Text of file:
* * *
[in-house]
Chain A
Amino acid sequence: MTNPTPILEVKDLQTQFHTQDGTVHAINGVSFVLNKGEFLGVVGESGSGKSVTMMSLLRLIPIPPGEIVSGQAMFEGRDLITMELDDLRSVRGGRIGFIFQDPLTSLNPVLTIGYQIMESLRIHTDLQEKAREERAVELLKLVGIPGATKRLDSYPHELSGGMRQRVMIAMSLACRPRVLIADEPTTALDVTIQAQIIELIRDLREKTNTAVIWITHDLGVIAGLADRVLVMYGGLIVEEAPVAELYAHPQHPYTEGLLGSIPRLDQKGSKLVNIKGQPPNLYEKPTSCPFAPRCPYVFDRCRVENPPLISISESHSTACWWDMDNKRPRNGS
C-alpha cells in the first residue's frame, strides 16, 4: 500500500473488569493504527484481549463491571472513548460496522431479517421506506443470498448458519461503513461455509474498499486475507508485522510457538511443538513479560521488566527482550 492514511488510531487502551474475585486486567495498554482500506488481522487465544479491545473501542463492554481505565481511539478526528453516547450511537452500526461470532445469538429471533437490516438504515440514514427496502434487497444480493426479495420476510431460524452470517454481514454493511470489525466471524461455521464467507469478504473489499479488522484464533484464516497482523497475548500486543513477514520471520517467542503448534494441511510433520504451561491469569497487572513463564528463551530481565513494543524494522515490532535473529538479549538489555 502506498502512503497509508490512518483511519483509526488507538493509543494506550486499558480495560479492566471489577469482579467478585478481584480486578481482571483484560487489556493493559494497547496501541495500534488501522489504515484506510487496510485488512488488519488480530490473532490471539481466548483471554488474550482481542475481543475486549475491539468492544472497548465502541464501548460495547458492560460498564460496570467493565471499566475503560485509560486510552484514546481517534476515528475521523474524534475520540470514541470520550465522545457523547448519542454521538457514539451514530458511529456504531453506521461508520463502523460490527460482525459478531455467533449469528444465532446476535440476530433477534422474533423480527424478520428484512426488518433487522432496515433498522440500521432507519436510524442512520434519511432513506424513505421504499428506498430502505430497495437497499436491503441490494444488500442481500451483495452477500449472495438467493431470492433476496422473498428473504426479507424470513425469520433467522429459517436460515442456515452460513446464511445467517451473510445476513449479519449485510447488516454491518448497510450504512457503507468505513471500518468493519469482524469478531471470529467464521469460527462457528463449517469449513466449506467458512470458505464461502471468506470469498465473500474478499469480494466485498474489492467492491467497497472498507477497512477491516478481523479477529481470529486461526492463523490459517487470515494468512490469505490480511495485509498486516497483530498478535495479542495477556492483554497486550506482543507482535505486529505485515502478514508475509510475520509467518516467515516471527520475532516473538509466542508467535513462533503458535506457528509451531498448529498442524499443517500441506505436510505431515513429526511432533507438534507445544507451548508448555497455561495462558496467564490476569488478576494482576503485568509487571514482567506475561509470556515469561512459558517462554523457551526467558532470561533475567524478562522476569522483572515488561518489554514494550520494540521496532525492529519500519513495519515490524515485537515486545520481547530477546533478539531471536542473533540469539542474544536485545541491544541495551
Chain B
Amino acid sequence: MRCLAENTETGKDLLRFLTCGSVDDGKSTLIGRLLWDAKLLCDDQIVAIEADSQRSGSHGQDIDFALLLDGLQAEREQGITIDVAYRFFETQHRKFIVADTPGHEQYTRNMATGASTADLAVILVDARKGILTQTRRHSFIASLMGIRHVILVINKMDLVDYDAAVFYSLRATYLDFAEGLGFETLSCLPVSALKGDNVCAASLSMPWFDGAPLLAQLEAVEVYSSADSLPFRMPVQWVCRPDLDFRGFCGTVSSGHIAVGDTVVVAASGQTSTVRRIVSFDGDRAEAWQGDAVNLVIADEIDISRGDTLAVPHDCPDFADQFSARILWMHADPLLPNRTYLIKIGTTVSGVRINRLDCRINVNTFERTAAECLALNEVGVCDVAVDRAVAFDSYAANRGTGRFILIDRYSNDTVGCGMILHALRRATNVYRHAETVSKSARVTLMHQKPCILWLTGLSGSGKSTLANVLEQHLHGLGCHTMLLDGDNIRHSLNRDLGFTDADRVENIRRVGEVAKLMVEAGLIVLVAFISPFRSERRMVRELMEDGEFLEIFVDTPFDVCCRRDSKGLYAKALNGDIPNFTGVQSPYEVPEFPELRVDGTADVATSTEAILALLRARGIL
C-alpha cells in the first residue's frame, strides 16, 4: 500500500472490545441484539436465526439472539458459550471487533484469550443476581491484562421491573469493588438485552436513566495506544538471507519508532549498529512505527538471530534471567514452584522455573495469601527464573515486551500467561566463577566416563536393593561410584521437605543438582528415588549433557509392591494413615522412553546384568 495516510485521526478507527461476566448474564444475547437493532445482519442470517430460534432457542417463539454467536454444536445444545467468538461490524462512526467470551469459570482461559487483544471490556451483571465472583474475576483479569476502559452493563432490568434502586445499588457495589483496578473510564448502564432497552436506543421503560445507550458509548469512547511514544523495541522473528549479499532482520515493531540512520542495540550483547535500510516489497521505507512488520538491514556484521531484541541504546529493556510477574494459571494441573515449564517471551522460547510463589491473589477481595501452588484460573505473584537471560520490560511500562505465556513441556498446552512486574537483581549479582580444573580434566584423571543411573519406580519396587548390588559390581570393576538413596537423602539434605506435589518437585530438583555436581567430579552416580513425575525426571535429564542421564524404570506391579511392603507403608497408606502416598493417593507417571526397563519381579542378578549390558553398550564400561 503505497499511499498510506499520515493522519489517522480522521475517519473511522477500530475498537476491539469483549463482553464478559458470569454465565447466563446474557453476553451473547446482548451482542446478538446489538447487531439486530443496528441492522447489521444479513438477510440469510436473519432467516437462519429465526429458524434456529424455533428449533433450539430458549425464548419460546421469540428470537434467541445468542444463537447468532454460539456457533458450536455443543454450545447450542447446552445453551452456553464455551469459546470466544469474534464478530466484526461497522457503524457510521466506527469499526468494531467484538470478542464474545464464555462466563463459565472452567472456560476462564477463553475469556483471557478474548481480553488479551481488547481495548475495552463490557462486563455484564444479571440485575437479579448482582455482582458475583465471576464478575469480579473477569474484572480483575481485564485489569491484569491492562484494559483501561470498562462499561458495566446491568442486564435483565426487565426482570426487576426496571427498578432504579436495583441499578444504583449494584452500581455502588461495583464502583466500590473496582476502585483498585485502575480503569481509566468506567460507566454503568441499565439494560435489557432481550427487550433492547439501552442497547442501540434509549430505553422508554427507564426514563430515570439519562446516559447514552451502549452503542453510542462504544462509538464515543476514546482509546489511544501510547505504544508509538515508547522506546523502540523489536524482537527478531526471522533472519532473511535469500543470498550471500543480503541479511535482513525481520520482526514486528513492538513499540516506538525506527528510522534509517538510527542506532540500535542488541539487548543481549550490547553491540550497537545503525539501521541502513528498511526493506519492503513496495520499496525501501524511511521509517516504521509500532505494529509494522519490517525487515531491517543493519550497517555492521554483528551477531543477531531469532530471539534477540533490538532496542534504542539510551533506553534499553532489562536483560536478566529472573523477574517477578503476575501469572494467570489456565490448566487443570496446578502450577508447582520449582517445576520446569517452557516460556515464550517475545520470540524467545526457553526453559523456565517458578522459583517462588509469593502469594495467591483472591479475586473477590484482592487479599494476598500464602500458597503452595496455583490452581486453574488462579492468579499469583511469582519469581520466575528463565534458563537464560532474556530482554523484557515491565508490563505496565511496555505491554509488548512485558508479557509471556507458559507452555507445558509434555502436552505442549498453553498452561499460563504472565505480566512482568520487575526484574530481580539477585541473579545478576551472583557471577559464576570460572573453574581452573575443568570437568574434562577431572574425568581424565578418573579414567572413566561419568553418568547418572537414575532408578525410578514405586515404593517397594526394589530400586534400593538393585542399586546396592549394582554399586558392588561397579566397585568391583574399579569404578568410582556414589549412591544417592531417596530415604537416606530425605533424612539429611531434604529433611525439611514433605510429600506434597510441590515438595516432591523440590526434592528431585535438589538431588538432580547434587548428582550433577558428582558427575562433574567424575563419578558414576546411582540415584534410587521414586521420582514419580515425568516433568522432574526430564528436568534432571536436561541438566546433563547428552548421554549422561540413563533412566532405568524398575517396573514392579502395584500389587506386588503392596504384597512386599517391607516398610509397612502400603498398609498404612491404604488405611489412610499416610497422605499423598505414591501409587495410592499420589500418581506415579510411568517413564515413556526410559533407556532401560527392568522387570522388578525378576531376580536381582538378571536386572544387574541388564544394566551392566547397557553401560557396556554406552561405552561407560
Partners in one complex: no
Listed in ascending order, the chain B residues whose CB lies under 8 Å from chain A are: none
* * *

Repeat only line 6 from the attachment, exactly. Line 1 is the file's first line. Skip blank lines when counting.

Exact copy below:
Amino acid sequence: MRCLAENTETGKDLLRFLTCGSVDDGKSTLIGRLLWDAKLLCDDQIVAIEADSQRSGSHGQDIDFALLLDGLQAEREQGITIDVAYRFFETQHRKFIVADTPGHEQYTRNMATGASTADLAVILVDARKGILTQTRRHSFIASLMGIRHVILVINKMDLVDYDAAVFYSLRATYLDFAEGLGFETLSCLPVSALKGDNVCAASLSMPWFDGAPLLAQLEAVEVYSSADSLPFRMPVQWVCRPDLDFRGFCGTVSSGHIAVGDTVVVAASGQTSTVRRIVSFDGDRAEAWQGDAVNLVIADEIDISRGDTLAVPHDCPDFADQFSARILWMHADPLLPNRTYLIKIGTTVSGVRINRLDCRINVNTFERTAAECLALNEVGVCDVAVDRAVAFDSYAANRGTGRFILIDRYSNDTVGCGMILHALRRATNVYRHAETVSKSARVTLMHQKPCILWLTGLSGSGKSTLANVLEQHLHGLGCHTMLLDGDNIRHSLNRDLGFTDADRVENIRRVGEVAKLMVEAGLIVLVAFISPFRSERRMVRELMEDGEFLEIFVDTPFDVCCRRDSKGLYAKALNGDIPNFTGVQSPYEVPEFPELRVDGTADVATSTEAILALLRARGIL